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Weapons of Mass Destruction (WMD)

Kerry 'Hopeful' About Aleppo Ceasefire Agreement with Russia

By VOA News December 08, 2016

Russian Foreign Minister Sergei Lavrov on Thursday said the Syrian government has stopped all active military operations in Aleppo and a meeting has been scheduled Saturday between U.S. and Russian military experts to discuss the situation moving forward.

"An agreement has been reached for our military experts and diplomats to meet on Saturday in Geneva to finish the work that was being done on all these days on the document that defines ways and means for a final solution of the problem of eastern Aleppo according to which all the militants leave it as well as those civilians who want to do so," Lavrov said.

Earlier in the day Thursday, U.S. Secretary of State John Kerry said he was "hopeful" about a potential ceasefire agreement with Russia to end fighting in Aleppo.

After meeting with Lavrov, Kerry told reporters he was still waiting for "certain feedback and input," but said "we're working on something here," without going into further detail.

Earlier Thursday, Syrian President Bashar al-Assad indicated that his soldiers would continue to fight until the five-year-old conflict is over.

Assad made the vow in an interview published Thursday in the state-owned newspaper al-Watan, one day after Syria's Russian-backed army gained control over three-quarters of Aleppo's Old City, which had been under rebel control since 2012.

Assad said a victory in Aleppo would not mean an end to the war, but represents a huge step towards that end.

The president also rejected any thoughts of a truce in Aleppo, as long as the rebels remain in the city. Rebel forces have proposed a five-day cease-fire to ensure the humanitarian evacuation of civilians, promising to discuss the future of Aleppo once that had been achieved.

Jan Egeland, senior advisor to the United Nations Special Envoy for Syria, said during a press briefing said the Syrian government had given the U.N. permission to access eastern Aleppo, but the organization was helpless to transport aid into the city if there was no pause in fighting.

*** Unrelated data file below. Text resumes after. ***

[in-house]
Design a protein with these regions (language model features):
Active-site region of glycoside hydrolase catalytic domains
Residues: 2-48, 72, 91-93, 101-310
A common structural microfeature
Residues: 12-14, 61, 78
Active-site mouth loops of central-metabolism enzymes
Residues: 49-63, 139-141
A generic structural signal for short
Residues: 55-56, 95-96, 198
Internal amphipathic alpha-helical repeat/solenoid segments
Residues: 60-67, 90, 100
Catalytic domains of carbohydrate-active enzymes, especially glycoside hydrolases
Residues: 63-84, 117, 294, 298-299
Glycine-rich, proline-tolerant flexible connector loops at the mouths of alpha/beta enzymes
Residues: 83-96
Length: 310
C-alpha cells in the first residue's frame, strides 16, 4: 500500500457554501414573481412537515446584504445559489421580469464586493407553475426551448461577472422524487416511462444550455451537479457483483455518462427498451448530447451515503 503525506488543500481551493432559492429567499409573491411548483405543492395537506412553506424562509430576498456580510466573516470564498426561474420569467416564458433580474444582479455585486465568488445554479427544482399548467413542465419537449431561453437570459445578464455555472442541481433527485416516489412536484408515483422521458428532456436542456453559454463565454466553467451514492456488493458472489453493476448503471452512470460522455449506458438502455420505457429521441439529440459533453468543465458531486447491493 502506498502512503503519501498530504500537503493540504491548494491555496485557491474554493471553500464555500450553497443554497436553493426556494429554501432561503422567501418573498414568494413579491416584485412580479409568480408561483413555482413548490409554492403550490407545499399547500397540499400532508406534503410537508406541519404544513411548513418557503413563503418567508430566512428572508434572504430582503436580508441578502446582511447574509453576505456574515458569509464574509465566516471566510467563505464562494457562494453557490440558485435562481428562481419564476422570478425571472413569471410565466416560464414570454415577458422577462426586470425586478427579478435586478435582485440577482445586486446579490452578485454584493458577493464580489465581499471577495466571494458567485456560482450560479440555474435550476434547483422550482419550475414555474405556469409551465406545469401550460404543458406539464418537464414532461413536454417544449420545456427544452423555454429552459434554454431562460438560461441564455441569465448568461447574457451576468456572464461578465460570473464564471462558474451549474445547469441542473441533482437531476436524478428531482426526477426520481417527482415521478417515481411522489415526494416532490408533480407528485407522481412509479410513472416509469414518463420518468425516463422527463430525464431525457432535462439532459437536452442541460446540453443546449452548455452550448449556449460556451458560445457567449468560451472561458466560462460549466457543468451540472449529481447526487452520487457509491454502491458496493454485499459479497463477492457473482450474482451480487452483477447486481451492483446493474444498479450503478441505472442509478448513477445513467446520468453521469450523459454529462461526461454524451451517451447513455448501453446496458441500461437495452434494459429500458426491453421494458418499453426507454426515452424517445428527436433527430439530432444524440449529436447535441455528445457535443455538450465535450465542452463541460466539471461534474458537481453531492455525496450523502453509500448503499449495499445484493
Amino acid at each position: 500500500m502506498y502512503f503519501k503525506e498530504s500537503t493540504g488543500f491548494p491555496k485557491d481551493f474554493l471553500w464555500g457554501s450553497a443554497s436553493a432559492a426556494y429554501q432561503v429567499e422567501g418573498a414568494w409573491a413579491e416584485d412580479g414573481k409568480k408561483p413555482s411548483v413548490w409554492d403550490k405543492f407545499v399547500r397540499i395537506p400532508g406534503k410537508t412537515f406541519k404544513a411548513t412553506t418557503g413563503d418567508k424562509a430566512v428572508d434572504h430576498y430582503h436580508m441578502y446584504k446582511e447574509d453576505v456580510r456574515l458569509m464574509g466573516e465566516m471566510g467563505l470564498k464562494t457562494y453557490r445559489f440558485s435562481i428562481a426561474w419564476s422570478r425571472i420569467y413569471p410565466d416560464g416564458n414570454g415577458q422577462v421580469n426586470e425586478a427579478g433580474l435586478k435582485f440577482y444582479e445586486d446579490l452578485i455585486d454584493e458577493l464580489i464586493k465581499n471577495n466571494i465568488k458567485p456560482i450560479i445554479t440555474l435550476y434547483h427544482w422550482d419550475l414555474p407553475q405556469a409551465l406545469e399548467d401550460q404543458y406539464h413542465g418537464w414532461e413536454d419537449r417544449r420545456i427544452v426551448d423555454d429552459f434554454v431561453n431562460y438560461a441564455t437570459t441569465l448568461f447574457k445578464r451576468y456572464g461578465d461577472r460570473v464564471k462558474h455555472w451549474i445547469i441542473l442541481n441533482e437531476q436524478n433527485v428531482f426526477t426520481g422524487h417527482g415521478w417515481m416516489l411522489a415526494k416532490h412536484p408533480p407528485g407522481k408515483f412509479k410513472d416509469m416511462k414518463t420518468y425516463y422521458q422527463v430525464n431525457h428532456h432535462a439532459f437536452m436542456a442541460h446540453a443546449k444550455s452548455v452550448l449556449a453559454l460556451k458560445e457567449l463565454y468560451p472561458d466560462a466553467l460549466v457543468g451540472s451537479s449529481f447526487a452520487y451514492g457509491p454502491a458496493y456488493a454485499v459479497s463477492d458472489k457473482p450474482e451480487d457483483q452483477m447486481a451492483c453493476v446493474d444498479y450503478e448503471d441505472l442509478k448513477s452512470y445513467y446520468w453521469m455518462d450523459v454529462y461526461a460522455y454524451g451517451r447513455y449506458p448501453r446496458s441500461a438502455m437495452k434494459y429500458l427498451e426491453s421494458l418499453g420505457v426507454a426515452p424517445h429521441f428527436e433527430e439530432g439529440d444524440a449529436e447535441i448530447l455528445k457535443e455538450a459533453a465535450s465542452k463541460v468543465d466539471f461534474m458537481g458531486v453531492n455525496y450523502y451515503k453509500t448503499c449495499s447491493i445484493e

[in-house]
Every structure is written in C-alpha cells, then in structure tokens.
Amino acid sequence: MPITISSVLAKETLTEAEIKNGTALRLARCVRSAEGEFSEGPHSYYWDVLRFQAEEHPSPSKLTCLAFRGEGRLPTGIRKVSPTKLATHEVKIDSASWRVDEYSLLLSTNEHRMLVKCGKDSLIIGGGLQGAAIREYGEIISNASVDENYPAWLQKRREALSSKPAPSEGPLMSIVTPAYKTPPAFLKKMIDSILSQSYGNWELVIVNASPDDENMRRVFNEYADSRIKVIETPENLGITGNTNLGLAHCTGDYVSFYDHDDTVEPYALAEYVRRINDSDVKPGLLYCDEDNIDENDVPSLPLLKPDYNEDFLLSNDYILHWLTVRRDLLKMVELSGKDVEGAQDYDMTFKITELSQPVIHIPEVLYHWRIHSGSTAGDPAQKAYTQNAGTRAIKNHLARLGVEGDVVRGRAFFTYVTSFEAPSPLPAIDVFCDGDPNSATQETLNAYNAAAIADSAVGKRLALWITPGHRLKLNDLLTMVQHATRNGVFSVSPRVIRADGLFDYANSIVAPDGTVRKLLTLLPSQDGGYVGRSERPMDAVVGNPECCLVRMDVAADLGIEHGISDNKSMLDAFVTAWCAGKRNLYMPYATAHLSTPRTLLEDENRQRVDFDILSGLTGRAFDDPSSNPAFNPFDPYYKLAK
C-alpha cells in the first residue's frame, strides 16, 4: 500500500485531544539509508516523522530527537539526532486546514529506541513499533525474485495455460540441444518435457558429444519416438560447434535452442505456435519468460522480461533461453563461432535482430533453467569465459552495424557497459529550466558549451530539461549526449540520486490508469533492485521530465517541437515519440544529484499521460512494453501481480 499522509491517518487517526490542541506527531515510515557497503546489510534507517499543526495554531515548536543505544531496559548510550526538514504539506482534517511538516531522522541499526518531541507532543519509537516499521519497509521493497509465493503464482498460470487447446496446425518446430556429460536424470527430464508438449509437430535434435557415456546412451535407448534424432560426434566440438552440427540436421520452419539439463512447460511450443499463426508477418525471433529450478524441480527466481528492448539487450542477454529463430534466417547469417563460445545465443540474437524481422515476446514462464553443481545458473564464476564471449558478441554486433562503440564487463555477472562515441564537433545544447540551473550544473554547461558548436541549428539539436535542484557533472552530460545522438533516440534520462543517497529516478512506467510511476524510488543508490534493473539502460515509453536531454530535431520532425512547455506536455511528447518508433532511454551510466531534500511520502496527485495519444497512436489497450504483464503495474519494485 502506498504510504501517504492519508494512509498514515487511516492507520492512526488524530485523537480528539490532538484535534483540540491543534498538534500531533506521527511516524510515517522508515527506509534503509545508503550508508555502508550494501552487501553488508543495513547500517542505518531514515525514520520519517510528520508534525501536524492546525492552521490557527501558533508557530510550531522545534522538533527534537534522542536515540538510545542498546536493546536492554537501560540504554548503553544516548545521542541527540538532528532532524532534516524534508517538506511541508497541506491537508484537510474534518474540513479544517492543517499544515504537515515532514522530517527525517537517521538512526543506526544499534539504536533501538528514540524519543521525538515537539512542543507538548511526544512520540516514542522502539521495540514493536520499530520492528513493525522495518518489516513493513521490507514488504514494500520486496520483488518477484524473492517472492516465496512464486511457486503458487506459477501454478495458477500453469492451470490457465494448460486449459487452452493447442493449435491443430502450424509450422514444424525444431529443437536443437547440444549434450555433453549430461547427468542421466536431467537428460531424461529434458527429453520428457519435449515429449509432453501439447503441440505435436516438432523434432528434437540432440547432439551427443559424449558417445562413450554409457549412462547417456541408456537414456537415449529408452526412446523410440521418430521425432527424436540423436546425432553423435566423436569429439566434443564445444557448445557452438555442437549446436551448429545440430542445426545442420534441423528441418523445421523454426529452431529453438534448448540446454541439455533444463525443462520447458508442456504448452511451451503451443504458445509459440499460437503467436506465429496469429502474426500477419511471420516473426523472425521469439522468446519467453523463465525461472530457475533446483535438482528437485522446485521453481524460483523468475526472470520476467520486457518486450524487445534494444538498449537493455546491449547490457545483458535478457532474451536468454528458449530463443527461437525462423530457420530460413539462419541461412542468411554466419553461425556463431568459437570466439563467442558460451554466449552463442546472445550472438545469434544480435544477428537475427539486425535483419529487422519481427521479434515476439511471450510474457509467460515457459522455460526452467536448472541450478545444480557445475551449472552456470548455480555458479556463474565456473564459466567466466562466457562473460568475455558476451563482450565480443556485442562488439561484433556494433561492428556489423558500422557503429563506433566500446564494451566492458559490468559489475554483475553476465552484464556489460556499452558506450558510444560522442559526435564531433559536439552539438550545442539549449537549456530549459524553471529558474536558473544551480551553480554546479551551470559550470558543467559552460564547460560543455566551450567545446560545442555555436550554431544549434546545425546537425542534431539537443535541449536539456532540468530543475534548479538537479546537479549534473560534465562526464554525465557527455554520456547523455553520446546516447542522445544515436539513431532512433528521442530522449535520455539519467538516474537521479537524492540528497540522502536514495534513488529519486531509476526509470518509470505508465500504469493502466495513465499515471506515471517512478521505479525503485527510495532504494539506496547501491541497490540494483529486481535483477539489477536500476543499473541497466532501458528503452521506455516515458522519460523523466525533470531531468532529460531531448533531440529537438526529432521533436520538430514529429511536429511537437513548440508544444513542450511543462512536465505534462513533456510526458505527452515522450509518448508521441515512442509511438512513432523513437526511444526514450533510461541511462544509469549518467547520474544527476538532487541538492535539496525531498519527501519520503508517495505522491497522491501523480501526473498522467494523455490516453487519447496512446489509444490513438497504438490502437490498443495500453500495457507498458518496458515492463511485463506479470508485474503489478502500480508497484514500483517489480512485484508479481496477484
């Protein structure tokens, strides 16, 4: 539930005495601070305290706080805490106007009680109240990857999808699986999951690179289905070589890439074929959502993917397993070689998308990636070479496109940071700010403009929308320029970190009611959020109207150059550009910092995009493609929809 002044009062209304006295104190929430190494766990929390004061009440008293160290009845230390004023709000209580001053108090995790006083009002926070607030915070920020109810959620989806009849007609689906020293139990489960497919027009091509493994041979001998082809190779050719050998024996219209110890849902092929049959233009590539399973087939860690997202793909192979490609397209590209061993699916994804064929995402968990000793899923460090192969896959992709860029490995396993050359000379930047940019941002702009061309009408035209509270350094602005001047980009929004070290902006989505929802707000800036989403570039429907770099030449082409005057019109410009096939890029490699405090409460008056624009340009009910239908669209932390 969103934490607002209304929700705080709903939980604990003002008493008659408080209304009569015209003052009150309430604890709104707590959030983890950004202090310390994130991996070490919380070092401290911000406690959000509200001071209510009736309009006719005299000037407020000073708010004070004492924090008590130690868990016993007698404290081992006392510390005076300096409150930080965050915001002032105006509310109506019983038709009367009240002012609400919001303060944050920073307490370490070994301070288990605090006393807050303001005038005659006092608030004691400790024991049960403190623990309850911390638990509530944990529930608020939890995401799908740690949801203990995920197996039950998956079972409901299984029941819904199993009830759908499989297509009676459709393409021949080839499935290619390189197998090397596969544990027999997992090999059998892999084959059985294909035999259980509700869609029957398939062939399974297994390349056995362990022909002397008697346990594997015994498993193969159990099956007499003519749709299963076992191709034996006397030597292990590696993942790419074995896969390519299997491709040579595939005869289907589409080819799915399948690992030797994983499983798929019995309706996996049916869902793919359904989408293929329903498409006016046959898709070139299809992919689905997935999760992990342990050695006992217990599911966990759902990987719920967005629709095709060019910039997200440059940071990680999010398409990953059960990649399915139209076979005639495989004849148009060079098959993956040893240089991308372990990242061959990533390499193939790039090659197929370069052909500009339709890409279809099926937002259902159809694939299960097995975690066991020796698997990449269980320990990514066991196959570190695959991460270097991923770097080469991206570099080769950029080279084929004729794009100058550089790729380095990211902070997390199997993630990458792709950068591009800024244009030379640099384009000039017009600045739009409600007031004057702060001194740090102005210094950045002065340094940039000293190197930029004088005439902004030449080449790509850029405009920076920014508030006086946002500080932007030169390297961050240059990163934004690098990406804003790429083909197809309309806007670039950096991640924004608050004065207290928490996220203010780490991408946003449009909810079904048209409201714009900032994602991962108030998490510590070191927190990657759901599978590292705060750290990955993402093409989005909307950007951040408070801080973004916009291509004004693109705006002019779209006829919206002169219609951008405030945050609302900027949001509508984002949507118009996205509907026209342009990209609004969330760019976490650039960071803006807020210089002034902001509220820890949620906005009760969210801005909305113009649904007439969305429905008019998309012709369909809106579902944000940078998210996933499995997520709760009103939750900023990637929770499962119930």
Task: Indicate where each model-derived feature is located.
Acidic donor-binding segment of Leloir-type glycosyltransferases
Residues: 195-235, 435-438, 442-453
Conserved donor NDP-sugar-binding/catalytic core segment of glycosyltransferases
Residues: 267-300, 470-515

"A humanitarian corridor is only a humanitarian corridor if there is ceasefire in and around the corridor," he said. "There has to be a pause. At the moment those who try to go through the crossing point, try to escape are caught in cross fire, they are caught in shelling, they are, they risk being hit by snipers."

Egeland said he had been in contact with Russian officials, who promised him there would be an evacuation organized, but the officials failed to promise a pause in the fighting.

The International Committee of the Red Cross said Thursday that it had evacuated about 150 civilians in need of urgent medical care from a hospital in the Old City. "Many of them cannot move and need special attention and care," ICRC spokeswoman Marianne Gasser told reporters.

Tens of thousands of civilians are thought to be trapped in eastern Aleppo despite a huge surge of refugees fleeing in the past two weeks for the relative safety of government-controlled western districts. Monitors last week estimated that 18,000 civilians in the east had moved into western neighborhoods and more than 9,000 others into a Kurdish-controlled district.

The United States, along with Canada, France, Germany, Italy and Britain, called Wednesday for an immediate cease-fire in Aleppo and condemned Russia for interfering with attempts to bring humanitarian aid to those civilians trapped in the Syrian city.

The Syrian Observatory for Human Rights, which monitors and reports on Syria's civil war, says 369 civilians have been killed in the offensive on east Aleppo, including 45 children. Another 92 civilians - including 34 children - were killed by rebel shelling on government-held west Aleppo.

U.N. special envoy Stefan de Mistura said last week he expected eastern Aleppo to fall to government forces by the end of December, without a negotiated settlement to end the four-year rebel occupation.

State Department correspondent Steve Herman contributed to this report.

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